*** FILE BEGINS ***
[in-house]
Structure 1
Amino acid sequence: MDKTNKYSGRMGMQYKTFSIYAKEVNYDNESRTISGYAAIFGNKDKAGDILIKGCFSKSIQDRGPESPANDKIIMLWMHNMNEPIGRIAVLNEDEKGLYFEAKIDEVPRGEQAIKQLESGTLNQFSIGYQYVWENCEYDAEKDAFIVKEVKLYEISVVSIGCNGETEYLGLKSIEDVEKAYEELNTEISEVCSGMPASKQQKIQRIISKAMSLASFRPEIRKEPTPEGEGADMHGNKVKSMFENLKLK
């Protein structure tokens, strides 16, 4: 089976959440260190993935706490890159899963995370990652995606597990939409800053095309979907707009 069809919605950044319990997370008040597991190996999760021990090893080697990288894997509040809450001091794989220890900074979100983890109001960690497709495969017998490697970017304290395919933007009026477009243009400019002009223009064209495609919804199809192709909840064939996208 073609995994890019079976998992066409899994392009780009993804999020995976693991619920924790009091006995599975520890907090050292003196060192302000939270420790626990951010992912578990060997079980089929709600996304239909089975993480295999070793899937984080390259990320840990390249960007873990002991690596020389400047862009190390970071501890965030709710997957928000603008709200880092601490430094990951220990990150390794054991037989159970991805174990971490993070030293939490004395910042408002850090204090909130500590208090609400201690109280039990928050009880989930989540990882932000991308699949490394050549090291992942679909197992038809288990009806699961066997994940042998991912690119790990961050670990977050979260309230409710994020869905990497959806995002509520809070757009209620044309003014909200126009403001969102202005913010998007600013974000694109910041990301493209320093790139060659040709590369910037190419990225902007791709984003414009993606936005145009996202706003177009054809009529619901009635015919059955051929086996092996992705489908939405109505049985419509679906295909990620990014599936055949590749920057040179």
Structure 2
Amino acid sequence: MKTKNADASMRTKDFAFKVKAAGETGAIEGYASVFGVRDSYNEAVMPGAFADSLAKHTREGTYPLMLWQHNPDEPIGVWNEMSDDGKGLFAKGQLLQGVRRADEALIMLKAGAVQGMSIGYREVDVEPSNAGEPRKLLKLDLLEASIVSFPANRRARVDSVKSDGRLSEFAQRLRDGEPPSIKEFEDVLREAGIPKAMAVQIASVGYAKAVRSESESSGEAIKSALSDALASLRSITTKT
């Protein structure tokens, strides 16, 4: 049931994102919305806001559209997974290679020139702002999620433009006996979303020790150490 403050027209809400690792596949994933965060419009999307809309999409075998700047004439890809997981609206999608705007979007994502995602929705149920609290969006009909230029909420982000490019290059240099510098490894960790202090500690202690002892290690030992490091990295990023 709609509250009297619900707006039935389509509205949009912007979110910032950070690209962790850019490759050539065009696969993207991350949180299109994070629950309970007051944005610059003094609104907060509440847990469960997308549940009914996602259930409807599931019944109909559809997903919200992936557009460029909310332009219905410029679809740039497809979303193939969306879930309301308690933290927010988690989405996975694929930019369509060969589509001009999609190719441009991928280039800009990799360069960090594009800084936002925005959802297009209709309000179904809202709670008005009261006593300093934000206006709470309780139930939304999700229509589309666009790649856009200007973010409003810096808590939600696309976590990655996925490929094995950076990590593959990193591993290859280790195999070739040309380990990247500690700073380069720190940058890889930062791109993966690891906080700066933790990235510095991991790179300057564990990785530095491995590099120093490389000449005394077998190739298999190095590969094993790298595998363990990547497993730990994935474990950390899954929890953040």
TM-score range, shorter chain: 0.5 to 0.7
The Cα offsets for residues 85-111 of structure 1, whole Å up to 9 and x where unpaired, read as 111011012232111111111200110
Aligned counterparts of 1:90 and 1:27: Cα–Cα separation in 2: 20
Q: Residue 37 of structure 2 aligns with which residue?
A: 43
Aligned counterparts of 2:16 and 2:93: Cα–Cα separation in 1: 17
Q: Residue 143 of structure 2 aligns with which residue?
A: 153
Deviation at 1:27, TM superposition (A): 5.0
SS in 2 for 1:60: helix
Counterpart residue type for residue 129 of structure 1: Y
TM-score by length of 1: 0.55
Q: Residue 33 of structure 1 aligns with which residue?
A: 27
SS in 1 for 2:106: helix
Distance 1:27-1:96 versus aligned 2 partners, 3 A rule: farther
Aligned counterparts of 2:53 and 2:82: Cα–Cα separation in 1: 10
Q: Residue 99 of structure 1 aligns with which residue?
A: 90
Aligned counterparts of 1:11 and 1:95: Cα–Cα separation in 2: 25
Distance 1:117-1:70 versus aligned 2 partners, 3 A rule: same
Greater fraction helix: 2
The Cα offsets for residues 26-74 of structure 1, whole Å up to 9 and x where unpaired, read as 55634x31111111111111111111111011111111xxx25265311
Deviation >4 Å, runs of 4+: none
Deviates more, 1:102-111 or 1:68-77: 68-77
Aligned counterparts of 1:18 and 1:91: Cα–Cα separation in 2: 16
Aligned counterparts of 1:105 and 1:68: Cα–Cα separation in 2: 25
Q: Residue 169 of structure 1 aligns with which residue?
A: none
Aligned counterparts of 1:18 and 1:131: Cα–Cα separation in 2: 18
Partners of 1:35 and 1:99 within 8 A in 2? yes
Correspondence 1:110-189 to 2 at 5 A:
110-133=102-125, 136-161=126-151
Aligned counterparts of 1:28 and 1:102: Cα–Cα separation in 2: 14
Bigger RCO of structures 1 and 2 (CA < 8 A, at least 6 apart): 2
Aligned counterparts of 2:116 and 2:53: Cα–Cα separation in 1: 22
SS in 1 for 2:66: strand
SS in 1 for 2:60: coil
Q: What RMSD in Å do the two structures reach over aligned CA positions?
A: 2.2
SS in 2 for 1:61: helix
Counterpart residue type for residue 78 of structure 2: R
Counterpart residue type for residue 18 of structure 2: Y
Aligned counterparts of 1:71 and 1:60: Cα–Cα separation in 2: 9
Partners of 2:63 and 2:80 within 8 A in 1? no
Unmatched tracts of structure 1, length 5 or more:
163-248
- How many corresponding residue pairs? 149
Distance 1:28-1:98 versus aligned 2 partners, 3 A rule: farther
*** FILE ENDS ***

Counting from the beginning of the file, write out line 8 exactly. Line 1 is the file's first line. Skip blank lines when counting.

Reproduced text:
TM-score range, shorter chain: 0.5 to 0.7